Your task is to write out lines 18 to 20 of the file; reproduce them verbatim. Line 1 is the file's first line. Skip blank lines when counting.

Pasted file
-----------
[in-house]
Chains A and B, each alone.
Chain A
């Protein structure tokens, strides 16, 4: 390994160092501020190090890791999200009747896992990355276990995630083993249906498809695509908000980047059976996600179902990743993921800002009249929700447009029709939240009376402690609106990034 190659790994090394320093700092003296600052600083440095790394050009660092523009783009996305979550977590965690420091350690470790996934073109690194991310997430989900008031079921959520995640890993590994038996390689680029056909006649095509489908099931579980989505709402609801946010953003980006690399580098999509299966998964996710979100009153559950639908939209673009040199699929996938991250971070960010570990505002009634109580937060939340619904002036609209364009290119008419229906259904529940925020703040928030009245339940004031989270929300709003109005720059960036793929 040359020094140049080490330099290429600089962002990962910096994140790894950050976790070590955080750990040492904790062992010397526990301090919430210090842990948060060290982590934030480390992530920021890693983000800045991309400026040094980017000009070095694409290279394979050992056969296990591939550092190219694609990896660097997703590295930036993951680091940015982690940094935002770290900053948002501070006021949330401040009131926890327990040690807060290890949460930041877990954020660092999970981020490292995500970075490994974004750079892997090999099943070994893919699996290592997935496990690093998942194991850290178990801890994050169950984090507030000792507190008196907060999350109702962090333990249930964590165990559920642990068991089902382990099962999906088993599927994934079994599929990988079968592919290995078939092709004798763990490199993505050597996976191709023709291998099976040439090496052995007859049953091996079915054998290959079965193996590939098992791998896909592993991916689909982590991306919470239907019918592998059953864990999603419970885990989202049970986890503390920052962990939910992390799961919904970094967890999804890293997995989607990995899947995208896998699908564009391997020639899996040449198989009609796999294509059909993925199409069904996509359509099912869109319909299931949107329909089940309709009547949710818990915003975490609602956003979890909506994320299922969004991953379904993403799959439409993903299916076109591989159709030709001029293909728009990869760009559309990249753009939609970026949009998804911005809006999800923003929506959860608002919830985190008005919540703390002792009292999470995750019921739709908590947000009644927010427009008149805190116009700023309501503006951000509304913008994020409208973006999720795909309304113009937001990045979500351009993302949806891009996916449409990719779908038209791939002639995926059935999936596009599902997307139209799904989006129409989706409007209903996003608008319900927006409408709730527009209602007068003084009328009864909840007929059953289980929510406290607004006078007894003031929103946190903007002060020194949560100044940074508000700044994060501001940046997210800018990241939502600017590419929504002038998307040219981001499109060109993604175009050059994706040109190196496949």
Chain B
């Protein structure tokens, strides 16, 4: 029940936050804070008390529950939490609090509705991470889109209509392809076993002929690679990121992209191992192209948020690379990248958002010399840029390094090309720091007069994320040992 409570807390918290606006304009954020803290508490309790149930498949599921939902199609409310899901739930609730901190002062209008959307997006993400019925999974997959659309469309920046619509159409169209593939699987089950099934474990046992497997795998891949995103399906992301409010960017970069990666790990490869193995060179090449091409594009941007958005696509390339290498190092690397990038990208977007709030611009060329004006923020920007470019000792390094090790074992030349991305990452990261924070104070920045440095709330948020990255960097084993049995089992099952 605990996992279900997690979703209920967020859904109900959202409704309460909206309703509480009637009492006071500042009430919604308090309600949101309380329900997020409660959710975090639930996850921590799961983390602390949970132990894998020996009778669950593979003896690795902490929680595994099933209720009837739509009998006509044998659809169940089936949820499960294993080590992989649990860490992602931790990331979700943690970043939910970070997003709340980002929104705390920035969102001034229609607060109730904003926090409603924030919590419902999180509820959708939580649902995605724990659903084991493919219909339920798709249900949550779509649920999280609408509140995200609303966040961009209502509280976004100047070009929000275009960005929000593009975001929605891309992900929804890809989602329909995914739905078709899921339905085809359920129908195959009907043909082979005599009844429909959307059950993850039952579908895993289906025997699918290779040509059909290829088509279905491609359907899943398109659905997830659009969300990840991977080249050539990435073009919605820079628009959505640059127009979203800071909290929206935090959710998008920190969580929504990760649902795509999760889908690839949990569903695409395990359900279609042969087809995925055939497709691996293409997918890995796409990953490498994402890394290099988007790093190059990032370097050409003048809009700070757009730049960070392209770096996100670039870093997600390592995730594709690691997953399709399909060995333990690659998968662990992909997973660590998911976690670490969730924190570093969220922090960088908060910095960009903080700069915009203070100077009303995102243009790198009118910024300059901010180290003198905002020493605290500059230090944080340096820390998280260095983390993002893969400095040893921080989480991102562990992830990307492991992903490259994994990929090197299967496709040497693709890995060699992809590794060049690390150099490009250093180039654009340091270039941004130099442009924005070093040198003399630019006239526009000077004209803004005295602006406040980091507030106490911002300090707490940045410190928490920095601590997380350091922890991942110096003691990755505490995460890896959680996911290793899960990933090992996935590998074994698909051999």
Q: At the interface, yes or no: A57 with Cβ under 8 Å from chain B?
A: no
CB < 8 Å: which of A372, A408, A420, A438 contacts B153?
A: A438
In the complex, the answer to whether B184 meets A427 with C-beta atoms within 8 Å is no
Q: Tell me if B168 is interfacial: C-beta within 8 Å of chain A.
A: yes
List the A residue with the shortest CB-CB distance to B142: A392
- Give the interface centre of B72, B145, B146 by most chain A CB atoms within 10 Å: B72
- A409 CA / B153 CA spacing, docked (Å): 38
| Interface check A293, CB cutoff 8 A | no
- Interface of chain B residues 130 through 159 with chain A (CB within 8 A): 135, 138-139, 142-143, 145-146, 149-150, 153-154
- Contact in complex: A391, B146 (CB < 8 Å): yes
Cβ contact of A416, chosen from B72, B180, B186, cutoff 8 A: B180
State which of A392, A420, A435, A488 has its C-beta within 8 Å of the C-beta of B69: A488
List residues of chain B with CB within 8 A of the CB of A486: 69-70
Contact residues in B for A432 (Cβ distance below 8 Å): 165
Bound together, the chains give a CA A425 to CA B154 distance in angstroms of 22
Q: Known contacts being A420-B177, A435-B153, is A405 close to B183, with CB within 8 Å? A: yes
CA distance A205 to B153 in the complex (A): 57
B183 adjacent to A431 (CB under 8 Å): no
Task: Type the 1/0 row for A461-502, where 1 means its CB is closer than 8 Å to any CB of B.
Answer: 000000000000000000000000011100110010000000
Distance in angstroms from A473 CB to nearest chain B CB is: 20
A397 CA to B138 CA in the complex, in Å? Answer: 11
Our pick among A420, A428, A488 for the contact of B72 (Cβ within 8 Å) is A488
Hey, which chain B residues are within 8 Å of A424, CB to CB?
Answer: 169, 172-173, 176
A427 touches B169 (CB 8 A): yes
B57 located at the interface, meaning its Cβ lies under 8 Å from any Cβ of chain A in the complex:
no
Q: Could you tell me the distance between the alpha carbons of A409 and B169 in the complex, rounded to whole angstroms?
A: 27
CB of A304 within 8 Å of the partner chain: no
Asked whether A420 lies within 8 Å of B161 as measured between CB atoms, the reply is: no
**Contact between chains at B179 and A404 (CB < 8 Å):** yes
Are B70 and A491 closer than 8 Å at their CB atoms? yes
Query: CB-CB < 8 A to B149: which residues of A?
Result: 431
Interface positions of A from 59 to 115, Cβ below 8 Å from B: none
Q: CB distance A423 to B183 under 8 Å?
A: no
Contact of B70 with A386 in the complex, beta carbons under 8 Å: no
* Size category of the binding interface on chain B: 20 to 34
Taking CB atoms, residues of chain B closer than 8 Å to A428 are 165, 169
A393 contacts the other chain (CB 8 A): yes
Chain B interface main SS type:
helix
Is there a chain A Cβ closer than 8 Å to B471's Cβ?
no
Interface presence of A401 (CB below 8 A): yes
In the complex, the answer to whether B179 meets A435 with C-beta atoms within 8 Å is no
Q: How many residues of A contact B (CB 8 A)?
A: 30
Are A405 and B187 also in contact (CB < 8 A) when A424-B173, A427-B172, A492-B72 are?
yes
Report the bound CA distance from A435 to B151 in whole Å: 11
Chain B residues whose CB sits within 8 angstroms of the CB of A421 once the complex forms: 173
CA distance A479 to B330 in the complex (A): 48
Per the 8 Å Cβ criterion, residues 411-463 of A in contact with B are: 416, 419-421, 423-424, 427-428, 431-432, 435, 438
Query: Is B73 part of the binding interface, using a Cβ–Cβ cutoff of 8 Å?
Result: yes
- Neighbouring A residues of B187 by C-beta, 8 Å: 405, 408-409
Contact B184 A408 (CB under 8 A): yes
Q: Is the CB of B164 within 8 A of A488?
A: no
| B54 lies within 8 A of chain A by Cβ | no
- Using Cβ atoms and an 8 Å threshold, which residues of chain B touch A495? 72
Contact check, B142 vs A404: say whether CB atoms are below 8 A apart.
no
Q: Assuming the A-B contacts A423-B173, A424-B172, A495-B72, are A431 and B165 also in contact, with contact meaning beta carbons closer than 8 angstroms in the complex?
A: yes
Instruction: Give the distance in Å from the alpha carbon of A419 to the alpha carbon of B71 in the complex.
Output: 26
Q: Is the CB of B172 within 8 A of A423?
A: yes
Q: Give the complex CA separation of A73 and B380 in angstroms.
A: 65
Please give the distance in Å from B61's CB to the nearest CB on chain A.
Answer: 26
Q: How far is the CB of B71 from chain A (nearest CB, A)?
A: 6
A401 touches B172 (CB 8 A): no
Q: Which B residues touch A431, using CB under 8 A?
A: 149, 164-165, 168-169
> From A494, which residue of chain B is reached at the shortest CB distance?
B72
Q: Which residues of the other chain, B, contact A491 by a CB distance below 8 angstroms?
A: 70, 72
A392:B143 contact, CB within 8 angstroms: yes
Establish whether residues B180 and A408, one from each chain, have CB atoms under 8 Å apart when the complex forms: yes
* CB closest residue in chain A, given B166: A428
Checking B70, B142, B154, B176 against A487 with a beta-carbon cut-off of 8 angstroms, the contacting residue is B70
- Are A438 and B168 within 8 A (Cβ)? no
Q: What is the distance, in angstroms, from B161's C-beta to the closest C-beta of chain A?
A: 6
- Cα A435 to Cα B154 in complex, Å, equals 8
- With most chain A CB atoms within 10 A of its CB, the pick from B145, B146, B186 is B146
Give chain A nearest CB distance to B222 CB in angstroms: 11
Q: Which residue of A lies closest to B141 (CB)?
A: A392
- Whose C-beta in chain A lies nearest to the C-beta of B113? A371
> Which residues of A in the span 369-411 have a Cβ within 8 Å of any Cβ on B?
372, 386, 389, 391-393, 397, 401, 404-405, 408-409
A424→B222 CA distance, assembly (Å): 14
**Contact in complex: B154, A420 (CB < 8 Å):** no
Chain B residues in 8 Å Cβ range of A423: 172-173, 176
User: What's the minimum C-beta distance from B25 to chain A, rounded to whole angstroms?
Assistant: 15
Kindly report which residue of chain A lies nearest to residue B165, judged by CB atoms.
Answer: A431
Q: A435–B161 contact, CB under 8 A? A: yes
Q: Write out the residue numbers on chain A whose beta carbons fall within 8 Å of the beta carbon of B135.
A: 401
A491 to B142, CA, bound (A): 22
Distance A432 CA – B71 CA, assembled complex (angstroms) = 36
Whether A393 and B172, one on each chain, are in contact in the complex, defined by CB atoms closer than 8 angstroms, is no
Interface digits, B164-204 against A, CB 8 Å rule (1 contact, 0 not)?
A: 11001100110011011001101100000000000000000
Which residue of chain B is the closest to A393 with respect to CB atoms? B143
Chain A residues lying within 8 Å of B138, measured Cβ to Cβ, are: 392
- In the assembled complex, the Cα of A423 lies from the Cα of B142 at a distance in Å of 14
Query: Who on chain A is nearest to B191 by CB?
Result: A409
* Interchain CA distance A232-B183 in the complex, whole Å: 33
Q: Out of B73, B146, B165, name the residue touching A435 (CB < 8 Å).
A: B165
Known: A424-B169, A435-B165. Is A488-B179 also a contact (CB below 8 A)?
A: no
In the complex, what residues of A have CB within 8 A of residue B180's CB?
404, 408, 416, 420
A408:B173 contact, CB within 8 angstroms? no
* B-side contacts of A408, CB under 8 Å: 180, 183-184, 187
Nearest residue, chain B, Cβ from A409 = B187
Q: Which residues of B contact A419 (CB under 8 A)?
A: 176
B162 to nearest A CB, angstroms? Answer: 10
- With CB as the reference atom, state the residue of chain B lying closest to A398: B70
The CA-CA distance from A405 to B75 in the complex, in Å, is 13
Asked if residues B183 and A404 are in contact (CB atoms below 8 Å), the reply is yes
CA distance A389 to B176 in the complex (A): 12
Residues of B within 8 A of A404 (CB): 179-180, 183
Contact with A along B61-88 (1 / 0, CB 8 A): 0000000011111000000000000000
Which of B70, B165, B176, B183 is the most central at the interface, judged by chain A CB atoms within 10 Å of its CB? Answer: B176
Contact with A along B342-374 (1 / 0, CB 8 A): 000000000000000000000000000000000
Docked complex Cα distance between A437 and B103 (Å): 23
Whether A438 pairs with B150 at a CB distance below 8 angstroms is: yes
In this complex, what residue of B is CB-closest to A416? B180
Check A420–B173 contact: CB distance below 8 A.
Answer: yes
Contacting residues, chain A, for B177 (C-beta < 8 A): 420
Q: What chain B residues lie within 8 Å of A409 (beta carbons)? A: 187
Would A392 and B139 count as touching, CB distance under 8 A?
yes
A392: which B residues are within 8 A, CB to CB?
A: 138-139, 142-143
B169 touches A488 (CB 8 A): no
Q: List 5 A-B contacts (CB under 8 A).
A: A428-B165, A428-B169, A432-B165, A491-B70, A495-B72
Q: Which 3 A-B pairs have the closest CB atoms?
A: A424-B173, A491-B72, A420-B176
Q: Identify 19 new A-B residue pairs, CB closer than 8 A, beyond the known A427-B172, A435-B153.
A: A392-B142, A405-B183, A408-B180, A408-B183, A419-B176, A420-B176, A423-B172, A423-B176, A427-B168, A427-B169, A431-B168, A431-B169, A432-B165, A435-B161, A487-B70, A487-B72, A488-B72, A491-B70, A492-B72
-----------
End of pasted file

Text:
- Interface of chain B residues 130 through 159 with chain A (CB within 8 A): 135, 138-139, 142-143, 145-146, 149-150, 153-154
- Contact in complex: A391, B146 (CB < 8 Å): yes
Cβ contact of A416, chosen from B72, B180, B186, cutoff 8 A: B180